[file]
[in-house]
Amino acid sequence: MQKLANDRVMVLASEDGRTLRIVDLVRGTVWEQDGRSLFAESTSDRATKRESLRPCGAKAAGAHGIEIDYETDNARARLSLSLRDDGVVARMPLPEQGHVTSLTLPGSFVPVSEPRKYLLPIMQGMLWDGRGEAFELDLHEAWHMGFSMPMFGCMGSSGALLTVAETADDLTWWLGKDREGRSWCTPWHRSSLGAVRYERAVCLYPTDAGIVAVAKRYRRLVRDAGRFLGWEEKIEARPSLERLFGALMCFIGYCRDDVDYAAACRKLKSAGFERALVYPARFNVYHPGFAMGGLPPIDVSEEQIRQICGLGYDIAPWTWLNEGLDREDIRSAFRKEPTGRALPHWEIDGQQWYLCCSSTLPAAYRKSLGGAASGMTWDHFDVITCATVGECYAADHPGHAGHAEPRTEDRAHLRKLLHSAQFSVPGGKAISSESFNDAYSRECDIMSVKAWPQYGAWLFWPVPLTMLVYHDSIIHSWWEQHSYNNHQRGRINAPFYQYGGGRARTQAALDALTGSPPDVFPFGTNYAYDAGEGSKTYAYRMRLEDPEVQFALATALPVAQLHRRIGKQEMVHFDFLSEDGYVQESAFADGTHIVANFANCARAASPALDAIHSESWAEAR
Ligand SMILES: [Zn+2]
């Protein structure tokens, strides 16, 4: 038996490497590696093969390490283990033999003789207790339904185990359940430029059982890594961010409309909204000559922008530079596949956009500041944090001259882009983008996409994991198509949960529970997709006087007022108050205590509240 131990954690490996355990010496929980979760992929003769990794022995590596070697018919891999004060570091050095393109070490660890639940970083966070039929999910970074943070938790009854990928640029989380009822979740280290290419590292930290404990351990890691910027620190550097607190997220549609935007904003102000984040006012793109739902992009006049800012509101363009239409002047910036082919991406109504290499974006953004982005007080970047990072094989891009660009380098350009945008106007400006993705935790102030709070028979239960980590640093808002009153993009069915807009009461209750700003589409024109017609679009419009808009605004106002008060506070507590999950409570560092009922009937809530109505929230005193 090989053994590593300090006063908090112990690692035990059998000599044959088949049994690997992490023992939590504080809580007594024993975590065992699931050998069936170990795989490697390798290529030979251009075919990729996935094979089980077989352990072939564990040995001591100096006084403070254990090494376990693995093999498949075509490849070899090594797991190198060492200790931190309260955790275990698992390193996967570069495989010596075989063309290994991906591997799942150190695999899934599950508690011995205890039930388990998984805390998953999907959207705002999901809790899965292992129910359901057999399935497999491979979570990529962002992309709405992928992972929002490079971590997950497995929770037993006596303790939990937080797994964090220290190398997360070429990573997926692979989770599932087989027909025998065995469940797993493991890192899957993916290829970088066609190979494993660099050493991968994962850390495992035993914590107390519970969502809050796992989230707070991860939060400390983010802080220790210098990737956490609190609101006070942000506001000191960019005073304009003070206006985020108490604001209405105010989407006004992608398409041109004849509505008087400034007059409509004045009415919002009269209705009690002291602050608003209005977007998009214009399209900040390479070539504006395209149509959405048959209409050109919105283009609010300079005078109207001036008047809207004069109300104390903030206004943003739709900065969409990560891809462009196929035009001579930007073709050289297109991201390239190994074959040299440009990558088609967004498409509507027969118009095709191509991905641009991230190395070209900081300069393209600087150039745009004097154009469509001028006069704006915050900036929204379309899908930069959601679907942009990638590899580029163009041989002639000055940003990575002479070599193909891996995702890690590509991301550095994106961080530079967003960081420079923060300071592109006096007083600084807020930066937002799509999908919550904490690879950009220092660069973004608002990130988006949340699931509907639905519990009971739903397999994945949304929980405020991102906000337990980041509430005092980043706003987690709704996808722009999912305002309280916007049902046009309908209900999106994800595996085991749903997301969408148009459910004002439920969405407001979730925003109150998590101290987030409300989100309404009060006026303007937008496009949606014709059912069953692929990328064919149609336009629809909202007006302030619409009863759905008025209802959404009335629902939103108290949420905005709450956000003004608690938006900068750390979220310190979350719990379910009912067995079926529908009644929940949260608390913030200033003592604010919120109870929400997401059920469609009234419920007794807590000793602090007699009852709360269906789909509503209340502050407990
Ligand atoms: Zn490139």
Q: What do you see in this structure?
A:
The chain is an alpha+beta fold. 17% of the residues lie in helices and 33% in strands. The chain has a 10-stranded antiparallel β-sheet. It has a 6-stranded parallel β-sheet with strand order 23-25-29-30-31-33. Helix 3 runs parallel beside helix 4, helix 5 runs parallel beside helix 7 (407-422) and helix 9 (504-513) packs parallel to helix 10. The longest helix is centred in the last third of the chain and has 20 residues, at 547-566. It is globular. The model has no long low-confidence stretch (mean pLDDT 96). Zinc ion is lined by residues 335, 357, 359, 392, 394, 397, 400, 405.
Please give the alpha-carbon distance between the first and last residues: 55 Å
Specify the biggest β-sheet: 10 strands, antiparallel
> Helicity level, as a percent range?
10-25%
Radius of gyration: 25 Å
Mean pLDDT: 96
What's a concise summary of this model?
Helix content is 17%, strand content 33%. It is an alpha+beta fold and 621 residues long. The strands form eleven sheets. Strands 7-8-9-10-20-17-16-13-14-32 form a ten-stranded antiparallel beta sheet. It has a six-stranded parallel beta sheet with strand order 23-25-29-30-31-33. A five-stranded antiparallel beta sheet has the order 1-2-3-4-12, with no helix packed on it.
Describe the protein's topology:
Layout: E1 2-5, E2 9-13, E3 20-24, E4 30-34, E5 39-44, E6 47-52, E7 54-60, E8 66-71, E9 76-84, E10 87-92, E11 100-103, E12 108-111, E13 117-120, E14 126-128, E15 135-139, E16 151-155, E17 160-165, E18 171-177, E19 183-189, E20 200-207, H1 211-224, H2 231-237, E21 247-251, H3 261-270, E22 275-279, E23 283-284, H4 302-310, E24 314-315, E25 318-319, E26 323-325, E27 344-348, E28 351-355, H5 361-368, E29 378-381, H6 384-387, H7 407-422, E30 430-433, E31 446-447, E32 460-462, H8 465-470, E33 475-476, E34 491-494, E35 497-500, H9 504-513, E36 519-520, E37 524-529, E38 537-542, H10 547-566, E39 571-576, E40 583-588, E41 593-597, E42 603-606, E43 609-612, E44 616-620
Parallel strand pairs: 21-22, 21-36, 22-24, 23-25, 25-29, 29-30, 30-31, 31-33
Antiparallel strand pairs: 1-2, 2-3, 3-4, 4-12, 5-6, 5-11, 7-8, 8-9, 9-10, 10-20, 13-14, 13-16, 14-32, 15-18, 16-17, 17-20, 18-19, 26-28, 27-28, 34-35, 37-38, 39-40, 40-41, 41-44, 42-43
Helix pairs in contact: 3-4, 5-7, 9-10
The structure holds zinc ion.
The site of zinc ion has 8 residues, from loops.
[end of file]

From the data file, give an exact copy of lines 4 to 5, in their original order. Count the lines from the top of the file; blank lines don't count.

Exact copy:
């Protein structure tokens, strides 16, 4: 038996490497590696093969390490283990033999003789207790339904185990359940430029059982890594961010409309909204000559922008530079596949956009500041944090001259882009983008996409994991198509949960529970997709006087007022108050205590509240 131990954690490996355990010496929980979760992929003769990794022995590596070697018919891999004060570091050095393109070490660890639940970083966070039929999910970074943070938790009854990928640029989380009822979740280290290419590292930290404990351990890691910027620190550097607190997220549609935007904003102000984040006012793109739902992009006049800012509101363009239409002047910036082919991406109504290499974006953004982005007080970047990072094989891009660009380098350009945008106007400006993705935790102030709070028979239960980590640093808002009153993009069915807009009461209750700003589409024109017609679009419009808009605004106002008060506070507590999950409570560092009922009937809530109505929230005193 090989053994590593300090006063908090112990690692035990059998000599044959088949049994690997992490023992939590504080809580007594024993975590065992699931050998069936170990795989490697390798290529030979251009075919990729996935094979089980077989352990072939564990040995001591100096006084403070254990090494376990693995093999498949075509490849070899090594797991190198060492200790931190309260955790275990698992390193996967570069495989010596075989063309290994991906591997799942150190695999899934599950508690011995205890039930388990998984805390998953999907959207705002999901809790899965292992129910359901057999399935497999491979979570990529962002992309709405992928992972929002490079971590997950497995929770037993006596303790939990937080797994964090220290190398997360070429990573997926692979989770599932087989027909025998065995469940797993493991890192899957993916290829970088066609190979494993660099050493991968994962850390495992035993914590107390519970969502809050796992989230707070991860939060400390983010802080220790210098990737956490609190609101006070942000506001000191960019005073304009003070206006985020108490604001209405105010989407006004992608398409041109004849509505008087400034007059409509004045009415919002009269209705009690002291602050608003209005977007998009214009399209900040390479070539504006395209149509959405048959209409050109919105283009609010300079005078109207001036008047809207004069109300104390903030206004943003739709900065969409990560891809462009196929035009001579930007073709050289297109991201390239190994074959040299440009990558088609967004498409509507027969118009095709191509991905641009991230190395070209900081300069393209600087150039745009004097154009469509001028006069704006915050900036929204379309899908930069959601679907942009990638590899580029163009041989002639000055940003990575002479070599193909891996995702890690590509991301550095994106961080530079967003960081420079923060300071592109006096007083600084807020930066937002799509999908919550904490690879950009220092660069973004608002990130988006949340699931509907639905519990009971739903397999994945949304929980405020991102906000337990980041509430005092980043706003987690709704996808722009999912305002309280916007049902046009309908209900999106994800595996085991749903997301969408148009459910004002439920969405407001979730925003109150998590101290987030409300989100309404009060006026303007937008496009949606014709059912069953692929990328064919149609336009629809909202007006302030619409009863759905008025209802959404009335629902939103108290949420905005709450956000003004608690938006900068750390979220310190979350719990379910009912067995079926529908009644929940949260608390913030200033003592604010919120109870929400997401059920469609009234419920007794807590000793602090007699009852709360269906789909509503209340502050407990
Ligand atoms: Zn490139």